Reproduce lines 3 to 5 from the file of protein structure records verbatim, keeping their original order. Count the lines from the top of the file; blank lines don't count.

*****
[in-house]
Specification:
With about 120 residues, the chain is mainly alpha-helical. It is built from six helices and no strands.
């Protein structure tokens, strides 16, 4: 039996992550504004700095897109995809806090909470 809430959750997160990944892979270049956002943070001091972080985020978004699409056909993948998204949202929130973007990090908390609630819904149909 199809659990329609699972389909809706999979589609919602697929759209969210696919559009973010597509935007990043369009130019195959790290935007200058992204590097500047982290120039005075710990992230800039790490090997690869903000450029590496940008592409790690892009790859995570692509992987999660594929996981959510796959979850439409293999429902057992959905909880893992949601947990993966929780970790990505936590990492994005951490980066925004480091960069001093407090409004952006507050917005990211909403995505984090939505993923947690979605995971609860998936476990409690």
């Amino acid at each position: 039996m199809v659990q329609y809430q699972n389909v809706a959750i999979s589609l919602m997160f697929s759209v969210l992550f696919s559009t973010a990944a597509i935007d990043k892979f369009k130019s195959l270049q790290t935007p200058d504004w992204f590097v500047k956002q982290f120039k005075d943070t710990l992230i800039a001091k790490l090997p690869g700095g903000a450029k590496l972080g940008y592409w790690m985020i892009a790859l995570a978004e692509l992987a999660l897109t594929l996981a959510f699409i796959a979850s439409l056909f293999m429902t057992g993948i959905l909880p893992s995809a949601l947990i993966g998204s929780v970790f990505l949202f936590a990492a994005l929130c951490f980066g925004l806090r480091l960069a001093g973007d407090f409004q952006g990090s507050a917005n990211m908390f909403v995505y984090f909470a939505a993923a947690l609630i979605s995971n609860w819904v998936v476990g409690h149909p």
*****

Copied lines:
With about 120 residues, the chain is mainly alpha-helical. It is built from six helices and no strands.
């Protein structure tokens, strides 16, 4: 039996992550504004700095897109995809806090909470 809430959750997160990944892979270049956002943070001091972080985020978004699409056909993948998204949202929130973007990090908390609630819904149909 199809659990329609699972389909809706999979589609919602697929759209969210696919559009973010597509935007990043369009130019195959790290935007200058992204590097500047982290120039005075710990992230800039790490090997690869903000450029590496940008592409790690892009790859995570692509992987999660594929996981959510796959979850439409293999429902057992959905909880893992949601947990993966929780970790990505936590990492994005951490980066925004480091960069001093407090409004952006507050917005990211909403995505984090939505993923947690979605995971609860998936476990409690």
């Amino acid at each position: 039996m199809v659990q329609y809430q699972n389909v809706a959750i999979s589609l919602m997160f697929s759209v969210l992550f696919s559009t973010a990944a597509i935007d990043k892979f369009k130019s195959l270049q790290t935007p200058d504004w992204f590097v500047k956002q982290f120039k005075d943070t710990l992230i800039a001091k790490l090997p690869g700095g903000a450029k590496l972080g940008y592409w790690m985020i892009a790859l995570a978004e692509l992987a999660l897109t594929l996981a959510f699409i796959a979850s439409l056909f293999m429902t057992g993948i959905l909880p893992s995809a949601l947990i993966g998204s929780v970790f990505l949202f936590a990492a994005l929130c951490f980066g925004l806090r480091l960069a001093g973007d407090f409004q952006g990090s507050a917005n990211m908390f909403v995505y984090f909470a939505a993923a947690l609630i979605s995971n609860w819904v998936v476990g409690h149909p």